iu the scales was found to weigh four
and three fourths ounces. The egg was
then blown, aud after the white and
yolk had Inseu forced out it was found
that inside was a seoond perfectly form
<•<l egg, which was also blown, and found
to contain a yolk and white in their
proper proportions. The only differ
ence lx>twoen the outer shell and the
shell of an ordinary egg is that it is ex
ceedingly brittle, aud has to lie handled
with the utmost care to prevent its
breaking. The hen was but two years
oil, and weighed, before the egg was
' removed, two and one half pounds.
TERMS: B'i.OO a Year, in Advance.
Aactrelaarai If all Kairlia KiblMl laws
The Aaaartaia Uulltaa I kalrt, Mr
Agricultural Hall begin* to iMoue
form and comeliness, though many
latxes are still unopened, and many sec
tions arc yet incomplete. Here are tru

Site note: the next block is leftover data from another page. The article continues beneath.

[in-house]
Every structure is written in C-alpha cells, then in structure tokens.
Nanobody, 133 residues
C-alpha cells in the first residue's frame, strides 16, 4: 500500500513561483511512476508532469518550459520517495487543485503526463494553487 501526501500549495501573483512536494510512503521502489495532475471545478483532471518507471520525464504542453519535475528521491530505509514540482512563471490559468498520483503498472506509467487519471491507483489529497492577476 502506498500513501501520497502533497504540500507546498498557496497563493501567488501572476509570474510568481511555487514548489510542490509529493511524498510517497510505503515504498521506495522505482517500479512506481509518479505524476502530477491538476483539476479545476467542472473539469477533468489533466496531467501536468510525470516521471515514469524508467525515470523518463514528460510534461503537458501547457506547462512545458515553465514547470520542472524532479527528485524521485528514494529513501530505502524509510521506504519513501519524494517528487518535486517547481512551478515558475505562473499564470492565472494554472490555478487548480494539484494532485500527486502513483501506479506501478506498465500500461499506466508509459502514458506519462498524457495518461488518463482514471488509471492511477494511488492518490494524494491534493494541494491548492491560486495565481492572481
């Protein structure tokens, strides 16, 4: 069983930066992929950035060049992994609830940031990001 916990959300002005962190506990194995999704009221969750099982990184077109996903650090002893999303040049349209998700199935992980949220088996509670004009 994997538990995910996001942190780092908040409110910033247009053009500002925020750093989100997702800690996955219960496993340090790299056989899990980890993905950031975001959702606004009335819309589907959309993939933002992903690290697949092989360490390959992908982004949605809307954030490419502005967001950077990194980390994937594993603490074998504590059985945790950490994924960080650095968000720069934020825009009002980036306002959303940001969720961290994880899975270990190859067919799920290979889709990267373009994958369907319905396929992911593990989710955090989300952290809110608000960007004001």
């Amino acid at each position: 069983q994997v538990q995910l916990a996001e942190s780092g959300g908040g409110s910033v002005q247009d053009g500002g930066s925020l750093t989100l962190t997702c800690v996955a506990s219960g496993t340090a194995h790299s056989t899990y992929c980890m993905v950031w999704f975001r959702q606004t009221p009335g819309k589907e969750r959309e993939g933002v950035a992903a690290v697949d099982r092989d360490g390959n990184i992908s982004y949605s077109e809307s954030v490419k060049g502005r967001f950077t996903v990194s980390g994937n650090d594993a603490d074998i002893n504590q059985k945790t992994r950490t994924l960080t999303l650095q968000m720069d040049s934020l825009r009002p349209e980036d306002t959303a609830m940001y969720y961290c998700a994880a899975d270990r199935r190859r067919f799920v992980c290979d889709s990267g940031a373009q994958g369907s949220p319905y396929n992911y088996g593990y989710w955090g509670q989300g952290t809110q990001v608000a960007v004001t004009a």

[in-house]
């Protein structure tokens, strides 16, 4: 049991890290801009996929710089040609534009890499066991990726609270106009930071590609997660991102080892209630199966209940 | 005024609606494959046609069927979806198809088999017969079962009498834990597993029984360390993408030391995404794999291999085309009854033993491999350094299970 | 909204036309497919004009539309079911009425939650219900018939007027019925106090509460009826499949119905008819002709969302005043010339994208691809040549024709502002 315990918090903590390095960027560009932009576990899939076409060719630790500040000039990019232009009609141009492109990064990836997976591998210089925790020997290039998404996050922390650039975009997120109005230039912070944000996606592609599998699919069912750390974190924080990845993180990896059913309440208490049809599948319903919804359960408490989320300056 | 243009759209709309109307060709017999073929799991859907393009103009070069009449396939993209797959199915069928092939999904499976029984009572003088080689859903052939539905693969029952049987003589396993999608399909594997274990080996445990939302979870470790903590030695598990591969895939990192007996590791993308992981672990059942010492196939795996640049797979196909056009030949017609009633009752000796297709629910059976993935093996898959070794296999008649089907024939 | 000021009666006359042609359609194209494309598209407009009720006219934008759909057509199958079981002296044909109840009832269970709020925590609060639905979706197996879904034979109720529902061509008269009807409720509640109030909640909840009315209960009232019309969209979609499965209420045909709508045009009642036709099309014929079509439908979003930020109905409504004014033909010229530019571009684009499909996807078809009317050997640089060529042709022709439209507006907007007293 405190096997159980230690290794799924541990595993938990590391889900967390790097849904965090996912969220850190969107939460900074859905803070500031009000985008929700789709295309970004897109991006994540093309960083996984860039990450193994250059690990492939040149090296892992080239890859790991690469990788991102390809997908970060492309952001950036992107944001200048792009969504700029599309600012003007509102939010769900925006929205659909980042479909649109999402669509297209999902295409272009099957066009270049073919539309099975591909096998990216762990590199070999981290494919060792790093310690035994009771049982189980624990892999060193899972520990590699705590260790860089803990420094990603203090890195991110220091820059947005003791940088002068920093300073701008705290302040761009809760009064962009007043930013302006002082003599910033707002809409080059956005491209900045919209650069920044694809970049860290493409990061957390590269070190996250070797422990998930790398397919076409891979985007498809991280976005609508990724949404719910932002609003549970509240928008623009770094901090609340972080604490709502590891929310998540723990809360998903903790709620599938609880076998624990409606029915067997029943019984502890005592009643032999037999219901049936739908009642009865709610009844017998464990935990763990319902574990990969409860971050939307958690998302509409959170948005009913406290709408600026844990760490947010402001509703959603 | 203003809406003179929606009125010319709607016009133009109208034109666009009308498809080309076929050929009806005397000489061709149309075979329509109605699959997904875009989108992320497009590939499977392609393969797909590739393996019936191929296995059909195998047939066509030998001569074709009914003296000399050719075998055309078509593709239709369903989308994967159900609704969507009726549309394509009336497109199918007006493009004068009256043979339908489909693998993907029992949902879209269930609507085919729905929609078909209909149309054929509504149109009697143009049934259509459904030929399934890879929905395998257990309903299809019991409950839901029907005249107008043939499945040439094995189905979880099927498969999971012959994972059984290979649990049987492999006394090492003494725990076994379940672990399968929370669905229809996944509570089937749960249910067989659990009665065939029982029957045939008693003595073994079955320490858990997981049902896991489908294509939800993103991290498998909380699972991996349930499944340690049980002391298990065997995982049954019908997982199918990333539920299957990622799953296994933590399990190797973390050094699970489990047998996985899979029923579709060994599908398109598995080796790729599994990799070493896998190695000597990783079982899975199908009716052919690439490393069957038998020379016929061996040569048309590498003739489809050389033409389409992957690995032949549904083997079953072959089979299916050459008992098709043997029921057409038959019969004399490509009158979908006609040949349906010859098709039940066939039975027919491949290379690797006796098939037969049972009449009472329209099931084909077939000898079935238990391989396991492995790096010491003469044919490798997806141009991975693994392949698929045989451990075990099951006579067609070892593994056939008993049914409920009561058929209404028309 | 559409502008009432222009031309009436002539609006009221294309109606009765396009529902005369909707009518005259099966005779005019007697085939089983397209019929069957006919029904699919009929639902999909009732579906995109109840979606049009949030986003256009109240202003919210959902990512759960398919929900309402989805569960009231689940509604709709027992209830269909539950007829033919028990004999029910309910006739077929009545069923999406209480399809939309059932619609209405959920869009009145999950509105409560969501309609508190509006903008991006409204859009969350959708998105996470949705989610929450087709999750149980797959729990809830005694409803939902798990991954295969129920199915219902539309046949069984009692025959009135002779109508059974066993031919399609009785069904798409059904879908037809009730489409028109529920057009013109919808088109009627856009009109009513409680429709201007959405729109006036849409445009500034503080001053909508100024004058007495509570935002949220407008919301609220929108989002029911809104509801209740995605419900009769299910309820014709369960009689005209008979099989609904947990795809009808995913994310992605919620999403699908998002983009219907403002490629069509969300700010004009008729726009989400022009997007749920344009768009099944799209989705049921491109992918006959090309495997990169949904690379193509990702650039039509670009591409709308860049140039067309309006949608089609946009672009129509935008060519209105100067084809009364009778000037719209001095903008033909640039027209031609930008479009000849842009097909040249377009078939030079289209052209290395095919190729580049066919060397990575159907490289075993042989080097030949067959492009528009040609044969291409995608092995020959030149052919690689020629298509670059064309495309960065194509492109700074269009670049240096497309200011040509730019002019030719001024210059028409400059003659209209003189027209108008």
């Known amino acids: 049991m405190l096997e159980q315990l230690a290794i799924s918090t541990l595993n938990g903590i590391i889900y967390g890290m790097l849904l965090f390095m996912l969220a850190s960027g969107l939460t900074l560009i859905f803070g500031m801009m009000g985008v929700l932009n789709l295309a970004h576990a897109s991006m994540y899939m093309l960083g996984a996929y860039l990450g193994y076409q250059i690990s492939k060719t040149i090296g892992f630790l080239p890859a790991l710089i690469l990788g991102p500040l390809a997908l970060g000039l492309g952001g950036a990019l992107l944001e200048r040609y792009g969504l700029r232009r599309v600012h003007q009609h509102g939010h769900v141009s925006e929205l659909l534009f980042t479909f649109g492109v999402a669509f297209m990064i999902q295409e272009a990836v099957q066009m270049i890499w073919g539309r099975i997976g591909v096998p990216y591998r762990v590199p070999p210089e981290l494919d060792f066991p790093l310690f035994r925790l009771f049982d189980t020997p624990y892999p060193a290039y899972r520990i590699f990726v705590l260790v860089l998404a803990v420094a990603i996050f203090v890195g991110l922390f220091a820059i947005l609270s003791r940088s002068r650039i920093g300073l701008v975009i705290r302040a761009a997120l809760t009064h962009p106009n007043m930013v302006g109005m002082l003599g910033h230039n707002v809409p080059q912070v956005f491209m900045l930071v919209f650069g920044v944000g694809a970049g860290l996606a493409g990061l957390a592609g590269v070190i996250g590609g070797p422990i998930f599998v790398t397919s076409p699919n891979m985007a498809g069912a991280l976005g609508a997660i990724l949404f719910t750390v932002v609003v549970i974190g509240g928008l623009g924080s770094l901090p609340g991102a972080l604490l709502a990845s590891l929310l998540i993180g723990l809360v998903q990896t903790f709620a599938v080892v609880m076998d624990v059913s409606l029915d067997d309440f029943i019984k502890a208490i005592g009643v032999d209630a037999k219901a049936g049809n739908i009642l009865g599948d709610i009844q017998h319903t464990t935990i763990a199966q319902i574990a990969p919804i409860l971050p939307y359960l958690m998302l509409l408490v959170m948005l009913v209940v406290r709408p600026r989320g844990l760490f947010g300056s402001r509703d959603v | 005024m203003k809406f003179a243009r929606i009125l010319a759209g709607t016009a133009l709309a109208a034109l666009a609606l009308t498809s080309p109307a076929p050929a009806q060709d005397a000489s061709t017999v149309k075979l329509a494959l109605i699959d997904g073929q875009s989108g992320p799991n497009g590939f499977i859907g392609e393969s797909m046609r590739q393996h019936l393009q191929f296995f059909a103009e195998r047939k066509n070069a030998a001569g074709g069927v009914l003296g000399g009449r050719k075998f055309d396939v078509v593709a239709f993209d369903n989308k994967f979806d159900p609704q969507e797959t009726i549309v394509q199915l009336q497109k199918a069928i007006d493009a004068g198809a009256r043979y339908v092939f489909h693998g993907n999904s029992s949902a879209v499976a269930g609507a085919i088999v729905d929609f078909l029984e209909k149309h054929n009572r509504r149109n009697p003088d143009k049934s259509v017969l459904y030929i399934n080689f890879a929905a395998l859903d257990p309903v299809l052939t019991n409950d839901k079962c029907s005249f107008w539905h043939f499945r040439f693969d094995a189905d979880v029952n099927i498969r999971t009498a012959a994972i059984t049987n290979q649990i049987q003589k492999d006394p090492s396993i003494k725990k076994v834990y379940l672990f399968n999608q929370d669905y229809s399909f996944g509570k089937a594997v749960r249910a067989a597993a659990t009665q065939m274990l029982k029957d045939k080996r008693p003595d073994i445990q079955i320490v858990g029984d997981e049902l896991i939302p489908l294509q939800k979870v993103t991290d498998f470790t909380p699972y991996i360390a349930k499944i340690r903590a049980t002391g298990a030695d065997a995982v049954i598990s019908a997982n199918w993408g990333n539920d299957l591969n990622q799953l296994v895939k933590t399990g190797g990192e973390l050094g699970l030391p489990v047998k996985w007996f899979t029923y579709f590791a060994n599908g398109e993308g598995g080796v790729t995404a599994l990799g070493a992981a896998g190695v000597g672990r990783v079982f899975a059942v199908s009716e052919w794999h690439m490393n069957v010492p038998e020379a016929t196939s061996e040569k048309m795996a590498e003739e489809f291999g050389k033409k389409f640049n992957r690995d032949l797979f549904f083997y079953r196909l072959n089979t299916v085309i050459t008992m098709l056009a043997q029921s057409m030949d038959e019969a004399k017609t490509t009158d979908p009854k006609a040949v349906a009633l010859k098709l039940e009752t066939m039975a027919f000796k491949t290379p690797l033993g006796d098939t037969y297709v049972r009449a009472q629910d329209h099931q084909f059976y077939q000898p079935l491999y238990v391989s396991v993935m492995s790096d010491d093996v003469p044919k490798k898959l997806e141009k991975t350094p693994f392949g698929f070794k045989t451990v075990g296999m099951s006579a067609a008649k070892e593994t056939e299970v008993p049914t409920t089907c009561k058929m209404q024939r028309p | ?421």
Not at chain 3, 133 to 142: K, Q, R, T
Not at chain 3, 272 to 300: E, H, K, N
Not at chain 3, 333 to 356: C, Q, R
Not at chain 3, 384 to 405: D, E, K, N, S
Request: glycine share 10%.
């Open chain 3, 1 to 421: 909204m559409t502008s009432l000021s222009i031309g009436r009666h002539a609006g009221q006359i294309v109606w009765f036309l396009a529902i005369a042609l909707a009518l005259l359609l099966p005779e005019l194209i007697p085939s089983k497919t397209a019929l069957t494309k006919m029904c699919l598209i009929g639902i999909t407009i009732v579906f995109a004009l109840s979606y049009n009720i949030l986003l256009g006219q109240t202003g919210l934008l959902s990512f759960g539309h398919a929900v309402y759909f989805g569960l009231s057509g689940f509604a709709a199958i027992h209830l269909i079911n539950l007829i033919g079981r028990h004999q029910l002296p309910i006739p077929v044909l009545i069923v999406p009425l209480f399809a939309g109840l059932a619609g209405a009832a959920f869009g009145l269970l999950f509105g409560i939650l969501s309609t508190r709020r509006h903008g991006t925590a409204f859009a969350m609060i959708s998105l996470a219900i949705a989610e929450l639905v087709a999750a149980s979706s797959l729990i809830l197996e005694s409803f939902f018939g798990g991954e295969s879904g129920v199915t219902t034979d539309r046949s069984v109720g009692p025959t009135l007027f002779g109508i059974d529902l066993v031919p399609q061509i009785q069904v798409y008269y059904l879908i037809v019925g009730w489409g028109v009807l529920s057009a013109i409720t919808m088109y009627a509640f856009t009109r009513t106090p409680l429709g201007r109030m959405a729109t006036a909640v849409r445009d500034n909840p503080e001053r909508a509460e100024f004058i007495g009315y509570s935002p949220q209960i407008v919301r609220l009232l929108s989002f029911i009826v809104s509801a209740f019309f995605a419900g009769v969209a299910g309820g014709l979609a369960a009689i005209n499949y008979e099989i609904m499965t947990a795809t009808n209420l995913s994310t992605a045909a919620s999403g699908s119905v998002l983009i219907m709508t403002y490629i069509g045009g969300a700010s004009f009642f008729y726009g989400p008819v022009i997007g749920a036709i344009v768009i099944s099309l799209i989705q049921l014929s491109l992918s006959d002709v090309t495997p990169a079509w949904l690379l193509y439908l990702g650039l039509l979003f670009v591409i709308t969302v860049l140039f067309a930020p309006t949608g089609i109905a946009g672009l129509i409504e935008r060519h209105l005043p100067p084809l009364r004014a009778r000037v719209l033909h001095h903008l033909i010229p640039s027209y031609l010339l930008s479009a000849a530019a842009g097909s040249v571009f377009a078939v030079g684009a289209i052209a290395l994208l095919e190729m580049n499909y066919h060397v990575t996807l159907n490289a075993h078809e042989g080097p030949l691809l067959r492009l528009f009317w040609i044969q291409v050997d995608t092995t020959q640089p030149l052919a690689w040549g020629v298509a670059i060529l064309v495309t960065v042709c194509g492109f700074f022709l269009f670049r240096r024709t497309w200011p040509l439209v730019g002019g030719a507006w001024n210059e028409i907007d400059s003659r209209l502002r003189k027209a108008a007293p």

acres devoted to a display of the pro
ducts of tiiti soil and the implements
used in its cultivation, aud in prejmriug
all that is of earth fur humau use. Here,
are the various forma of food in its uatu
ral or prepared shape, vegetable and
animal giving one a vivid idea of bow
mankind doth live.
The foreign exhibit, in this hall, oc
cupies much sjiaoe, and much of it ia of
a superior character, each oouutry gen
erally showing its characteristic and best
productions. Several countries are not
Jet ready to exhibit their good*. Hu sin
as a large space filled with unopened
l ilea. Bpain aud Portugal are each in
a chaotic state.
Brazil has a large aud creditable ex
hibit of her staples, of which she ex
ports, of coffee, 9111,000,000 ; sugar aud
cotton each over 915,000,000 ; hides,
93,000,000 ; India rubber, $5,500,000,
and of tobacco nearly $1,000,000. Bhe
also exhibits 300 varieties of wood,
many of them very valuable for cabinet
and ornamental work.
Portugal has a large pyramid of oork